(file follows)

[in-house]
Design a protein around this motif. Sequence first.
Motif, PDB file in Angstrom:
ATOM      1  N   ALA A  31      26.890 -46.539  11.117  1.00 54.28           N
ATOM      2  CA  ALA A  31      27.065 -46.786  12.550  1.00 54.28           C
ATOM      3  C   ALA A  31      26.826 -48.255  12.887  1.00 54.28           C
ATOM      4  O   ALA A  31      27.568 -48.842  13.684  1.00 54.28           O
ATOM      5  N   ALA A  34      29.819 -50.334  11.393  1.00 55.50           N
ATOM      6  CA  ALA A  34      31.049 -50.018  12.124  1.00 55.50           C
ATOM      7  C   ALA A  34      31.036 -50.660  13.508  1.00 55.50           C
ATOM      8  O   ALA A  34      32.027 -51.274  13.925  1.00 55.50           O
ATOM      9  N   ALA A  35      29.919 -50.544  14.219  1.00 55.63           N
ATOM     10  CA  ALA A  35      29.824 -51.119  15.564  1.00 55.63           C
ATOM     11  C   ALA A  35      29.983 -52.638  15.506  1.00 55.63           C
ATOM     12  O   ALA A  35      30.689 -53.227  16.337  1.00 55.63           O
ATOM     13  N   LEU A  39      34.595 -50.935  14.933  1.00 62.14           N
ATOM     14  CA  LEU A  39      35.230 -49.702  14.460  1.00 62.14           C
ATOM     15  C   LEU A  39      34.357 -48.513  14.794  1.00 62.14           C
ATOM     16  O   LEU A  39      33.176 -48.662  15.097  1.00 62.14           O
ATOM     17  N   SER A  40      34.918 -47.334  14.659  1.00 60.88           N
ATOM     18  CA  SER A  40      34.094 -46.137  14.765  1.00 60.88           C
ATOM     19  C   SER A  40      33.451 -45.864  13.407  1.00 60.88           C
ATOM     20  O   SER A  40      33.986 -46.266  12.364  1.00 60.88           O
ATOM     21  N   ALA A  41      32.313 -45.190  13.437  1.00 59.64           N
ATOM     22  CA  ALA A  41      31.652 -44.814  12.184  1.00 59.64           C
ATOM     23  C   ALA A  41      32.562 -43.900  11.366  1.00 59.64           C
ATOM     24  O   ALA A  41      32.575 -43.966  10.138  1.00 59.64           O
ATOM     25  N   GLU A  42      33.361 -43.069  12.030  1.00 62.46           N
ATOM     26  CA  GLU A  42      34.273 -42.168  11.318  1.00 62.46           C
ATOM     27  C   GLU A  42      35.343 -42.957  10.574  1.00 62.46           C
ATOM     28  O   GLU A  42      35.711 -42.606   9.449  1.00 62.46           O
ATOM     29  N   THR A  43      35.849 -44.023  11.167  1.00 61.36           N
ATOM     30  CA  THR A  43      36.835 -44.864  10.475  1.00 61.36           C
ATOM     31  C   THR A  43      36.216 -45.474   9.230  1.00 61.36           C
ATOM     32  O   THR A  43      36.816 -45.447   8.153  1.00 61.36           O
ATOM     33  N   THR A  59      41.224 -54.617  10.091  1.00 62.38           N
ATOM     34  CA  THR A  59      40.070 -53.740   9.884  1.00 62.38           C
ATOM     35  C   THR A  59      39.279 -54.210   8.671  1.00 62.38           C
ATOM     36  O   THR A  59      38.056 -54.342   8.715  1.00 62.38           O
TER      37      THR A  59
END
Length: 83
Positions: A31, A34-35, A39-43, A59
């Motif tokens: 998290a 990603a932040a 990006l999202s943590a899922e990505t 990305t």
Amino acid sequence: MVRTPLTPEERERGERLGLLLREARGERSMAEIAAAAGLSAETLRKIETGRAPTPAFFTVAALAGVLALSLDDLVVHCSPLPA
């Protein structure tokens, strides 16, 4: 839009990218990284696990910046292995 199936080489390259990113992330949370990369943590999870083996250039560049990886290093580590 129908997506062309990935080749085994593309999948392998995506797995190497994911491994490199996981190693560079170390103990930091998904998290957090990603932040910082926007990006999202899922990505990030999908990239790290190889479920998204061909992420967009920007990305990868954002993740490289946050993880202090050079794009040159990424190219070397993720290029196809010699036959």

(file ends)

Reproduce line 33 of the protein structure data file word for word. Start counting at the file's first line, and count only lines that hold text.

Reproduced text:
ATOM     30  CA  THR A  43      36.835 -44.864  10.475  1.00 61.36           C